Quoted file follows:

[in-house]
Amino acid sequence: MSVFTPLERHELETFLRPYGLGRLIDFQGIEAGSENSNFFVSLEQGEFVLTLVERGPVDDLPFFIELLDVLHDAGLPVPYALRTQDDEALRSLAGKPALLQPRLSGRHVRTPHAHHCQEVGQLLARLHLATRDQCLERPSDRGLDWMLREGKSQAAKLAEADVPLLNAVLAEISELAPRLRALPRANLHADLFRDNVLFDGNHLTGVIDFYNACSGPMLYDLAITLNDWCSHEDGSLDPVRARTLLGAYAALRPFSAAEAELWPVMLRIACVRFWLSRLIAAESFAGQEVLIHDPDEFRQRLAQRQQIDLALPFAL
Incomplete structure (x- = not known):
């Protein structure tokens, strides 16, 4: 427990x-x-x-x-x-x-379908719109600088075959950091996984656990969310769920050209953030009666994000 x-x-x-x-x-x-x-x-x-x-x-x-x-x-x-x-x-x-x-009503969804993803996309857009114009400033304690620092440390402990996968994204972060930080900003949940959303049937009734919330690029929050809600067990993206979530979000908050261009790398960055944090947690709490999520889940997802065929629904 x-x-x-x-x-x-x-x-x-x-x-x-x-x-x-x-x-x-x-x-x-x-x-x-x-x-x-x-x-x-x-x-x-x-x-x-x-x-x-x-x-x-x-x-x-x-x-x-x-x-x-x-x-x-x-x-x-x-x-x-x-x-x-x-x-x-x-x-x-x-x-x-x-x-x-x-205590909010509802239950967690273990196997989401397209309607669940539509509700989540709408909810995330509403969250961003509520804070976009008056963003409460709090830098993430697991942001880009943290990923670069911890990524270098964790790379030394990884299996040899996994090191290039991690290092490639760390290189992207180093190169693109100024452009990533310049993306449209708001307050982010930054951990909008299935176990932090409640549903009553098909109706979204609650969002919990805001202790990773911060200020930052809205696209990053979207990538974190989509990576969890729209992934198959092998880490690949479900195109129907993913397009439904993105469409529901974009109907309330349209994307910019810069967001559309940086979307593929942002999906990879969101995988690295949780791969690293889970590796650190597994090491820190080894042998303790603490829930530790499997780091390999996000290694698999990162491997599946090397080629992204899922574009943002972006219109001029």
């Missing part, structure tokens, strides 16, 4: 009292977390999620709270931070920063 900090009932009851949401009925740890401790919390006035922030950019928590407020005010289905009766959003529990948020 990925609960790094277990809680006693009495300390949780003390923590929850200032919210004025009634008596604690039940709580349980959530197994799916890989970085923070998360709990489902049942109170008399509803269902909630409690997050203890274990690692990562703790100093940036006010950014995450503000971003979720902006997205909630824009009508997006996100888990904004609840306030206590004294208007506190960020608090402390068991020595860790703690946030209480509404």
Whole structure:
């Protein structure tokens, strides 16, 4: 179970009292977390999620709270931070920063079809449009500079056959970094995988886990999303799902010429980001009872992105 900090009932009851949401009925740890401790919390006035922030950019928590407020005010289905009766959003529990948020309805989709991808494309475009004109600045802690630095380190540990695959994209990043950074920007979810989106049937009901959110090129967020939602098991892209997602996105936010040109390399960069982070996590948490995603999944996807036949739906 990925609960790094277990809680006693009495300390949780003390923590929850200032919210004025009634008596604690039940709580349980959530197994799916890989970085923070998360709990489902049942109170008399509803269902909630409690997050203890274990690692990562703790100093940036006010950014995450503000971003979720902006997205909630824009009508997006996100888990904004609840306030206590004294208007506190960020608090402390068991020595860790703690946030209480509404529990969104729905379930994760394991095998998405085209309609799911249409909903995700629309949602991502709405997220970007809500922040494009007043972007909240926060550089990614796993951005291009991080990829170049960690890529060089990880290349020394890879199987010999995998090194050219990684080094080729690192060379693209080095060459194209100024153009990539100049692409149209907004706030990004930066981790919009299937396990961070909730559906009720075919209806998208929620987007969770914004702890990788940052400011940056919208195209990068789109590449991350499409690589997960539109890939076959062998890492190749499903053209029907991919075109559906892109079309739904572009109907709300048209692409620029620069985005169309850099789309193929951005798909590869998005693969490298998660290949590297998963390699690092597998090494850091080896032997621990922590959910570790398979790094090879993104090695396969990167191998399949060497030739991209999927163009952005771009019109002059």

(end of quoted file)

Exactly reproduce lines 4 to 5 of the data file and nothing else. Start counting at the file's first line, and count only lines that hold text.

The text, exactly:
């Protein structure tokens, strides 16, 4: 427990x-x-x-x-x-x-379908719109600088075959950091996984656990969310769920050209953030009666994000 x-x-x-x-x-x-x-x-x-x-x-x-x-x-x-x-x-x-x-009503969804993803996309857009114009400033304690620092440390402990996968994204972060930080900003949940959303049937009734919330690029929050809600067990993206979530979000908050261009790398960055944090947690709490999520889940997802065929629904 x-x-x-x-x-x-x-x-x-x-x-x-x-x-x-x-x-x-x-x-x-x-x-x-x-x-x-x-x-x-x-x-x-x-x-x-x-x-x-x-x-x-x-x-x-x-x-x-x-x-x-x-x-x-x-x-x-x-x-x-x-x-x-x-x-x-x-x-x-x-x-x-x-x-x-x-205590909010509802239950967690273990196997989401397209309607669940539509509700989540709408909810995330509403969250961003509520804070976009008056963003409460709090830098993430697991942001880009943290990923670069911890990524270098964790790379030394990884299996040899996994090191290039991690290092490639760390290189992207180093190169693109100024452009990533310049993306449209708001307050982010930054951990909008299935176990932090409640549903009553098909109706979204609650969002919990805001202790990773911060200020930052809205696209990053979207990538974190989509990576969890729209992934198959092998880490690949479900195109129907993913397009439904993105469409529901974009109907309330349209994307910019810069967001559309940086979307593929942002999906990879969101995988690295949780791969690293889970590796650190597994090491820190080894042998303790603490829930530790499997780091390999996000290694698999990162491997599946090397080629992204899922574009943002972006219109001029």
């Missing part, structure tokens, strides 16, 4: 009292977390999620709270931070920063 900090009932009851949401009925740890401790919390006035922030950019928590407020005010289905009766959003529990948020 990925609960790094277990809680006693009495300390949780003390923590929850200032919210004025009634008596604690039940709580349980959530197994799916890989970085923070998360709990489902049942109170008399509803269902909630409690997050203890274990690692990562703790100093940036006010950014995450503000971003979720902006997205909630824009009508997006996100888990904004609840306030206590004294208007506190960020608090402390068991020595860790703690946030209480509404």